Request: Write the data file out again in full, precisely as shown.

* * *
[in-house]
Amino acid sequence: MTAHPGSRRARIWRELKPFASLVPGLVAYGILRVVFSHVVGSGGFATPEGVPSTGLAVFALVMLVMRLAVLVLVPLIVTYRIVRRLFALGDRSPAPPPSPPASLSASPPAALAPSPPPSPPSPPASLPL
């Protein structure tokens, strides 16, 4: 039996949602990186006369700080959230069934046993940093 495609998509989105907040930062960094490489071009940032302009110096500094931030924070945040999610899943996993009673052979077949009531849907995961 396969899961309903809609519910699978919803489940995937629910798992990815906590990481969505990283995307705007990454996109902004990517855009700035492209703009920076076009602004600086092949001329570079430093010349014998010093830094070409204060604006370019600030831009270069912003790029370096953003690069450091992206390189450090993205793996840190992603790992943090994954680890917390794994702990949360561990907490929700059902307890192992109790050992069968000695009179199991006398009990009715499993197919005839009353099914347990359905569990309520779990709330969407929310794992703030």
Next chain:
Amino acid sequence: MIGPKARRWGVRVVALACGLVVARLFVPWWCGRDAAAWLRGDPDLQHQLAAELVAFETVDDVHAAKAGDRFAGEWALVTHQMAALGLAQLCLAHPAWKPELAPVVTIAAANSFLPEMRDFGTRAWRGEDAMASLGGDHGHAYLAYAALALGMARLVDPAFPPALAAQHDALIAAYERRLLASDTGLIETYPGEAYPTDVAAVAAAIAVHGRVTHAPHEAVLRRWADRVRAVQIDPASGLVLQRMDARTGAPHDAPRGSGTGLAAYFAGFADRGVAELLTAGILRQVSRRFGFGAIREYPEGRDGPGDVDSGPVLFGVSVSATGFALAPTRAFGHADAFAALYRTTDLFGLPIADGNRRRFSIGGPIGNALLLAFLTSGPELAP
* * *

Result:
[in-house]
Amino acid sequence: MTAHPGSRRARIWRELKPFASLVPGLVAYGILRVVFSHVVGSGGFATPEGVPSTGLAVFALVMLVMRLAVLVLVPLIVTYRIVRRLFALGDRSPAPPPSPPASLSASPPAALAPSPPPSPPSPPASLPL
């Protein structure tokens, strides 16, 4: 039996949602990186006369700080959230069934046993940093 495609998509989105907040930062960094490489071009940032302009110096500094931030924070945040999610899943996993009673052979077949009531849907995961 396969899961309903809609519910699978919803489940995937629910798992990815906590990481969505990283995307705007990454996109902004990517855009700035492209703009920076076009602004600086092949001329570079430093010349014998010093830094070409204060604006370019600030831009270069912003790029370096953003690069450091992206390189450090993205793996840190992603790992943090994954680890917390794994702990949360561990907490929700059902307890192992109790050992069968000695009179199991006398009990009715499993197919005839009353099914347990359905569990309520779990709330969407929310794992703030």
Next chain:
Amino acid sequence: MIGPKARRWGVRVVALACGLVVARLFVPWWCGRDAAAWLRGDPDLQHQLAAELVAFETVDDVHAAKAGDRFAGEWALVTHQMAALGLAQLCLAHPAWKPELAPVVTIAAANSFLPEMRDFGTRAWRGEDAMASLGGDHGHAYLAYAALALGMARLVDPAFPPALAAQHDALIAAYERRLLASDTGLIETYPGEAYPTDVAAVAAAIAVHGRVTHAPHEAVLRRWADRVRAVQIDPASGLVLQRMDARTGAPHDAPRGSGTGLAAYFAGFADRGVAELLTAGILRQVSRRFGFGAIREYPEGRDGPGDVDSGPVLFGVSVSATGFALAPTRAFGHADAFAALYRTTDLFGLPIADGNRRRFSIGGPIGNALLLAFLTSGPELAP